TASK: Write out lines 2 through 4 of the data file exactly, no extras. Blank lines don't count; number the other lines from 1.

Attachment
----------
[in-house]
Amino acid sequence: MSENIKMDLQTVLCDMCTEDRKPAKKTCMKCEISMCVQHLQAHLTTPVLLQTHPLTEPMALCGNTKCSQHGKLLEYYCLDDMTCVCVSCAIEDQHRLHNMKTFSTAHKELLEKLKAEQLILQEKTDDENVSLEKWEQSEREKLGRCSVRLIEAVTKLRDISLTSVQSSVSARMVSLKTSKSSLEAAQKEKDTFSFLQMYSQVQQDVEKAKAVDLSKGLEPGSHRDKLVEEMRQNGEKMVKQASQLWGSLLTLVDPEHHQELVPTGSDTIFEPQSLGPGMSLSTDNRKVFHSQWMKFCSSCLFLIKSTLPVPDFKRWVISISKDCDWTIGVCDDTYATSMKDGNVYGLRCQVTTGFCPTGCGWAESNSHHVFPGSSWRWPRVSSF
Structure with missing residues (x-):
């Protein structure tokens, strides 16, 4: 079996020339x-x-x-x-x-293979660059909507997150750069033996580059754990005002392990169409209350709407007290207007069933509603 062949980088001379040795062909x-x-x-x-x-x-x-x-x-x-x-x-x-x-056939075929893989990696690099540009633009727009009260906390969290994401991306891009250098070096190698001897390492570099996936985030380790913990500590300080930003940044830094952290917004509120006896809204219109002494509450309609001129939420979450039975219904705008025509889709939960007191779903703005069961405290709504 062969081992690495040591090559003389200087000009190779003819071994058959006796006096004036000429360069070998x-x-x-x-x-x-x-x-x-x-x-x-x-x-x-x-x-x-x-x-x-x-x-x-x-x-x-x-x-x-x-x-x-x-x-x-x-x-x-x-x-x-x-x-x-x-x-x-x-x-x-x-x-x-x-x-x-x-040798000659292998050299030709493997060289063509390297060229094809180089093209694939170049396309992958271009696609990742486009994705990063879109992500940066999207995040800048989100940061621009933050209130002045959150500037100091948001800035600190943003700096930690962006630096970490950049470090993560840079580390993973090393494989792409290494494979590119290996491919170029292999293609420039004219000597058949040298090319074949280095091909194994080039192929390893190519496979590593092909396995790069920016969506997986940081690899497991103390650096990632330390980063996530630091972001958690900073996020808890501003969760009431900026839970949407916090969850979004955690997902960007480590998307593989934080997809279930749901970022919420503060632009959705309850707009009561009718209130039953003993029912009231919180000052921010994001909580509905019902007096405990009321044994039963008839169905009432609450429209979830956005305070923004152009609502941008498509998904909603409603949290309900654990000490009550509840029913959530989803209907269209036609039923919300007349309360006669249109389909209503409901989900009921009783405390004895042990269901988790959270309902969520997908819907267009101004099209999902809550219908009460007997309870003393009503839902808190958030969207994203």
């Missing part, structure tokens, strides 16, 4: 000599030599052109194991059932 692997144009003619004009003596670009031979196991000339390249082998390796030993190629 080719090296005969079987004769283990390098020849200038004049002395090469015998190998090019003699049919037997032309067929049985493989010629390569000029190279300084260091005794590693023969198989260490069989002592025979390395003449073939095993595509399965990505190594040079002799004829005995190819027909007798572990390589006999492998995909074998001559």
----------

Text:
Amino acid sequence: MSENIKMDLQTVLCDMCTEDRKPAKKTCMKCEISMCVQHLQAHLTTPVLLQTHPLTEPMALCGNTKCSQHGKLLEYYCLDDMTCVCVSCAIEDQHRLHNMKTFSTAHKELLEKLKAEQLILQEKTDDENVSLEKWEQSEREKLGRCSVRLIEAVTKLRDISLTSVQSSVSARMVSLKTSKSSLEAAQKEKDTFSFLQMYSQVQQDVEKAKAVDLSKGLEPGSHRDKLVEEMRQNGEKMVKQASQLWGSLLTLVDPEHHQELVPTGSDTIFEPQSLGPGMSLSTDNRKVFHSQWMKFCSSCLFLIKSTLPVPDFKRWVISISKDCDWTIGVCDDTYATSMKDGNVYGLRCQVTTGFCPTGCGWAESNSHHVFPGSSWRWPRVSSF
Structure with missing residues (x-):
């Protein structure tokens, strides 16, 4: 079996020339x-x-x-x-x-293979660059909507997150750069033996580059754990005002392990169409209350709407007290207007069933509603 062949980088001379040795062909x-x-x-x-x-x-x-x-x-x-x-x-x-x-056939075929893989990696690099540009633009727009009260906390969290994401991306891009250098070096190698001897390492570099996936985030380790913990500590300080930003940044830094952290917004509120006896809204219109002494509450309609001129939420979450039975219904705008025509889709939960007191779903703005069961405290709504 062969081992690495040591090559003389200087000009190779003819071994058959006796006096004036000429360069070998x-x-x-x-x-x-x-x-x-x-x-x-x-x-x-x-x-x-x-x-x-x-x-x-x-x-x-x-x-x-x-x-x-x-x-x-x-x-x-x-x-x-x-x-x-x-x-x-x-x-x-x-x-x-x-x-x-x-040798000659292998050299030709493997060289063509390297060229094809180089093209694939170049396309992958271009696609990742486009994705990063879109992500940066999207995040800048989100940061621009933050209130002045959150500037100091948001800035600190943003700096930690962006630096970490950049470090993560840079580390993973090393494989792409290494494979590119290996491919170029292999293609420039004219000597058949040298090319074949280095091909194994080039192929390893190519496979590593092909396995790069920016969506997986940081690899497991103390650096990632330390980063996530630091972001958690900073996020808890501003969760009431900026839970949407916090969850979004955690997902960007480590998307593989934080997809279930749901970022919420503060632009959705309850707009009561009718209130039953003993029912009231919180000052921010994001909580509905019902007096405990009321044994039963008839169905009432609450429209979830956005305070923004152009609502941008498509998904909603409603949290309900654990000490009550509840029913959530989803209907269209036609039923919300007349309360006669249109389909209503409901989900009921009783405390004895042990269901988790959270309902969520997908819907267009101004099209999902809550219908009460007997309870003393009503839902808190958030969207994203």